Worlds Apart

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CC Image courtesy of liyinglace on Flickr

I roll over, reach for my phone. A missed call and two messages. One of them I’ve already read – a grammatical car crash from the guy who, ten hours’ earlier, I was lip to lip with.

 

‘Culturally it’s very different, right?’

This is me trying to sound intelligent about China.

‘Yes,’ he says. ‘And they spit, when they talk.’

‘They spit?!’

‘Yes.’

Which is when he goes in for the kiss. Just the right amount of spit, in case you wanted to know.

 

So there’s him asking, ‘How was [the] rest or your night?’. And then there’s Rachel

‘I’ve got a bit of a disaster…’

It might be the first time L.K.Bennett – queen of sartorial conservatism – and ‘disaster’ have found themselves in the same sentence. Newly engaged Rachel has found a bridesmaid dress she likes and wants to know what I think. Another message, this time a picture of the sender, fresh-faced and perky, modeling an elegant lace number. I lie there, eyeliner streaked across my face, scarf wrapped around my head to muffle the midday sounds of suburban London, feeling our worlds edge that little bit further apart.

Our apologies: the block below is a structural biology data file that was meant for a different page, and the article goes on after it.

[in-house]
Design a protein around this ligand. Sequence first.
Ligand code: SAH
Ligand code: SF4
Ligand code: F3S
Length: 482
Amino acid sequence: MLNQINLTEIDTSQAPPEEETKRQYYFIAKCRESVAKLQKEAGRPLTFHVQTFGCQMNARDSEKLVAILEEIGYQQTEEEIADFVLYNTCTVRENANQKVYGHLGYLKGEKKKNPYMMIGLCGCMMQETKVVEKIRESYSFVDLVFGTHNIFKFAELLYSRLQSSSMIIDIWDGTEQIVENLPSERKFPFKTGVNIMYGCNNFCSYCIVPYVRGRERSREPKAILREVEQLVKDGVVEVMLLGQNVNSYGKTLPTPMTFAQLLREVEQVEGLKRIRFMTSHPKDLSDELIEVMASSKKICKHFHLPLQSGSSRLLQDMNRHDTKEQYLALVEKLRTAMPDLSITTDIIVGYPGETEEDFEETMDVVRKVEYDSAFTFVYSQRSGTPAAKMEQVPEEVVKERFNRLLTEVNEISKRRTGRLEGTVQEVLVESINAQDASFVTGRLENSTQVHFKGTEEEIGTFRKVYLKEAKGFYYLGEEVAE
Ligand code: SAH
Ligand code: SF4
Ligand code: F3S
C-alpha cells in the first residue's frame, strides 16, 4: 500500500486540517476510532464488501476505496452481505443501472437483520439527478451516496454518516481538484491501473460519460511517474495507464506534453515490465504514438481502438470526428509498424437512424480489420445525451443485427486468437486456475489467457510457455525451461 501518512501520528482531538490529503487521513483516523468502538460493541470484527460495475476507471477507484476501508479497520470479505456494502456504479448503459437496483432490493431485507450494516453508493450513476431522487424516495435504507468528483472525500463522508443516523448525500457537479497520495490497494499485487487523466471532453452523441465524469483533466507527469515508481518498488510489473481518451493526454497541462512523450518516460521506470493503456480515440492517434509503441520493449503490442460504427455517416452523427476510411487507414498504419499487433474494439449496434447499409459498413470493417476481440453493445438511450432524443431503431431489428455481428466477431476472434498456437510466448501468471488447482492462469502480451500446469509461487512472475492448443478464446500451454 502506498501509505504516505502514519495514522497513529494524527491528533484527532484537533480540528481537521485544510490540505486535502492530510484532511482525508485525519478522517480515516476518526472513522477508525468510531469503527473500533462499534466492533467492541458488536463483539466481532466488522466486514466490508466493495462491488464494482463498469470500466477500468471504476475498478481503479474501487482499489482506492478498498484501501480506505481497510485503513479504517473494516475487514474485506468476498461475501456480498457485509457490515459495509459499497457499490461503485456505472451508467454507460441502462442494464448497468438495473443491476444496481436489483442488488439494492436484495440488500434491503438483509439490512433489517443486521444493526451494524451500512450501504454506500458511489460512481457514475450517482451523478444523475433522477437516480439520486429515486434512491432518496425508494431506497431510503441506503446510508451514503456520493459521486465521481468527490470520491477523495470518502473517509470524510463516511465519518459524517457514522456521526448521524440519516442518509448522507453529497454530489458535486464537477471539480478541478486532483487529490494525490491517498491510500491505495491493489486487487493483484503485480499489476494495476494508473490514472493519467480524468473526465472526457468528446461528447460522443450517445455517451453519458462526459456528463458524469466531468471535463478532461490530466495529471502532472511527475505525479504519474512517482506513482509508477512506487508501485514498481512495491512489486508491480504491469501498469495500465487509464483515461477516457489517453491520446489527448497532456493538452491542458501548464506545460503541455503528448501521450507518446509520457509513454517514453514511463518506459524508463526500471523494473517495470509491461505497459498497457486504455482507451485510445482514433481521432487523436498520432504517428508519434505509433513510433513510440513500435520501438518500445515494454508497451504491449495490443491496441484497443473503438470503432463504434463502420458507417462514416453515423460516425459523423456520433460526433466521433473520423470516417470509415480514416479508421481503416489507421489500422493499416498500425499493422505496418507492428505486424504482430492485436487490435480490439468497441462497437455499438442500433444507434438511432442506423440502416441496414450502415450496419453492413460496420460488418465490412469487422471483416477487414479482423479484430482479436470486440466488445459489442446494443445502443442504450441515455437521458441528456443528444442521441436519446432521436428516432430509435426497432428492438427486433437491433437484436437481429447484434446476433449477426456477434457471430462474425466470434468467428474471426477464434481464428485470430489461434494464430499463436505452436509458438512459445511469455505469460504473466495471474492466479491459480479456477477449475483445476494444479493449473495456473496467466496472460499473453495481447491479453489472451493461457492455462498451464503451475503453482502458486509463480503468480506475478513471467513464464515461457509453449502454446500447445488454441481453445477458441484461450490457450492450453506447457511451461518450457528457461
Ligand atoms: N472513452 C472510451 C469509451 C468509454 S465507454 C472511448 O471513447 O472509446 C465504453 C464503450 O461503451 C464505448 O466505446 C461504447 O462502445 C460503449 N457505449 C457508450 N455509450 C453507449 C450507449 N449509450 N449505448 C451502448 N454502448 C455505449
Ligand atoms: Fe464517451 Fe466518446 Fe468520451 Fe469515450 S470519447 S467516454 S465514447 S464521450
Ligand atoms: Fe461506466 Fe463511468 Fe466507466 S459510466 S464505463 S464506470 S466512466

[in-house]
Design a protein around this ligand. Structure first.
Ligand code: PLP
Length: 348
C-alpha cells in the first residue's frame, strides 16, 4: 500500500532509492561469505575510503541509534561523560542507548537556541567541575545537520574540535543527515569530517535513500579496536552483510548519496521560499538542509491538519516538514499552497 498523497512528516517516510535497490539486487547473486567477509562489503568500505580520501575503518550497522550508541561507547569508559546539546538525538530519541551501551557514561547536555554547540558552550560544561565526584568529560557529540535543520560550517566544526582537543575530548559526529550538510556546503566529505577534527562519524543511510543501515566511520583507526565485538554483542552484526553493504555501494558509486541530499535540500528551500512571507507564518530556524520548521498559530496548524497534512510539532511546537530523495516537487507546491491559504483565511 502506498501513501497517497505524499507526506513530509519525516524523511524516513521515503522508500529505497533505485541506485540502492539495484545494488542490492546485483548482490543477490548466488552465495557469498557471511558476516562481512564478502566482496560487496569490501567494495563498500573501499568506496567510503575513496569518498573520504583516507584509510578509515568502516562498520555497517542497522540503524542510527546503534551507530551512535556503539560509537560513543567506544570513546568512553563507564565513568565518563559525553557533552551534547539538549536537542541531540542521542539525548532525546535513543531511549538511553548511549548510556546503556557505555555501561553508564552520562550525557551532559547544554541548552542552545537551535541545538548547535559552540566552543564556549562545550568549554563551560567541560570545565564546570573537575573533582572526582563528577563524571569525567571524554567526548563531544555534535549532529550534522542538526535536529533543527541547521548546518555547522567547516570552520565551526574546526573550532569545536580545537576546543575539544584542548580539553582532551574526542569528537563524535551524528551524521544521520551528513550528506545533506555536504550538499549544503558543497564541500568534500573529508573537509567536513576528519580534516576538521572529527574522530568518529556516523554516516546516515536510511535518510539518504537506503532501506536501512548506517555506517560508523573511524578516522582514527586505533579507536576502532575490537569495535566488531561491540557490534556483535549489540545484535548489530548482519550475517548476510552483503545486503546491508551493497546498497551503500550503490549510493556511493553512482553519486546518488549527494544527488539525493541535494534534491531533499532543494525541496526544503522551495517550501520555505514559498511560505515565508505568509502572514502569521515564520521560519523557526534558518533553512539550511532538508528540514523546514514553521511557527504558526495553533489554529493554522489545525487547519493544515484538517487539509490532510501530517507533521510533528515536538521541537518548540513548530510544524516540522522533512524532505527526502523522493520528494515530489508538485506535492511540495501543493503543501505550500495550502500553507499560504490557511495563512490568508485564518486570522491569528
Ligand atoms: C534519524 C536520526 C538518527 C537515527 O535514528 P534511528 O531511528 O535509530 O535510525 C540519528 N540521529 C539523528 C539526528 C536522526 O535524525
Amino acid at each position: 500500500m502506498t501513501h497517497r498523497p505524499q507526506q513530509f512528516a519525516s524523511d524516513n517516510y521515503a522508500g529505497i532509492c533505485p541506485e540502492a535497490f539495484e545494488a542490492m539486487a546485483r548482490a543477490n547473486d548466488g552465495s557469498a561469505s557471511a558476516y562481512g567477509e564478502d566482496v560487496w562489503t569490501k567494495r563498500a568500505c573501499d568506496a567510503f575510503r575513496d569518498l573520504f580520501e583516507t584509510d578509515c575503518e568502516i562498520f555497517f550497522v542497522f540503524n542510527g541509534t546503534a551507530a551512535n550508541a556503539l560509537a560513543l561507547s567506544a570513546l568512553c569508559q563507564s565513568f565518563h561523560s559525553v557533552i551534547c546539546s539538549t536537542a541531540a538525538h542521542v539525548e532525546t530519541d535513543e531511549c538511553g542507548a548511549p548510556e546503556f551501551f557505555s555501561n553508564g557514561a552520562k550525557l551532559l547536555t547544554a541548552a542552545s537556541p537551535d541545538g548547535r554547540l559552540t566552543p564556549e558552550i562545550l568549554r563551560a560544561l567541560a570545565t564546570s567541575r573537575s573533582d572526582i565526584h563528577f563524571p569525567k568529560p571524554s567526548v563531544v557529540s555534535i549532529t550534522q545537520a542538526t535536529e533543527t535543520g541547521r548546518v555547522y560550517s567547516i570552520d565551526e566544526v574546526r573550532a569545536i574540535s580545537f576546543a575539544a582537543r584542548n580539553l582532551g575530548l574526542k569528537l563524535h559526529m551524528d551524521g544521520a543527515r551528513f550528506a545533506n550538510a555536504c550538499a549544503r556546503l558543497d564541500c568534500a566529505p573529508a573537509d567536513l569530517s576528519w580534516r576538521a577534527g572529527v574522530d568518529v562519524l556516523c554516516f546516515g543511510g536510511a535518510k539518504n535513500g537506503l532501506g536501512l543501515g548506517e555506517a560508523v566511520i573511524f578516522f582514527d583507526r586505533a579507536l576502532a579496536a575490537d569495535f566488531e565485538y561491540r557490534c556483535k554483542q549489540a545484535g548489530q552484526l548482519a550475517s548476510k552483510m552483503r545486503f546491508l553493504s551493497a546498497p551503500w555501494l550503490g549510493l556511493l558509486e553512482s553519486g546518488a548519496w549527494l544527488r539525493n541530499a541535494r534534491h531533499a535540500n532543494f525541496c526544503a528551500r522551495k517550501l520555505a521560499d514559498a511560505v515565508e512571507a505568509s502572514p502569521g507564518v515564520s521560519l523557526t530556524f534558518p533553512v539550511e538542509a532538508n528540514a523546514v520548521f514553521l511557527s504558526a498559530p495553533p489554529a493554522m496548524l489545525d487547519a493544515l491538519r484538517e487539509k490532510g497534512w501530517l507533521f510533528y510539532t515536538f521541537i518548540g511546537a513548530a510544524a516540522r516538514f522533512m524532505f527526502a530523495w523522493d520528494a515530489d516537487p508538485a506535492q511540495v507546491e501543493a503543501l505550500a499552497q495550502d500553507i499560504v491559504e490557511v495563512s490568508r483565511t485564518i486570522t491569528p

CC Image courtesy of Ben Fredericson (xjrlokix) on Flickr

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For You

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CC Image courtesy of raxenne on Flickr

you are lithe
live
in love with words
graceful
gazelle
restless
sure
weak
unsure
nervous
strong
sexy
deep
brown
eyes
watchful
intense

sexy again

you get me out of bed
you’d get me into bed
you’d stop me sleeping

you are my thoughts before my dreams
my stories star you
my poems too

come
come into my dreams
I dress for you
I’d undress for you
I look my best for you

I do the rest for you
I do it all for you

I do
I do

CC Image courtesy of eatmorechips on Flickr

 

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The Morning After

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Sunday, midday.CC Image courtesy of torbakhopper HE DEAD on Flickr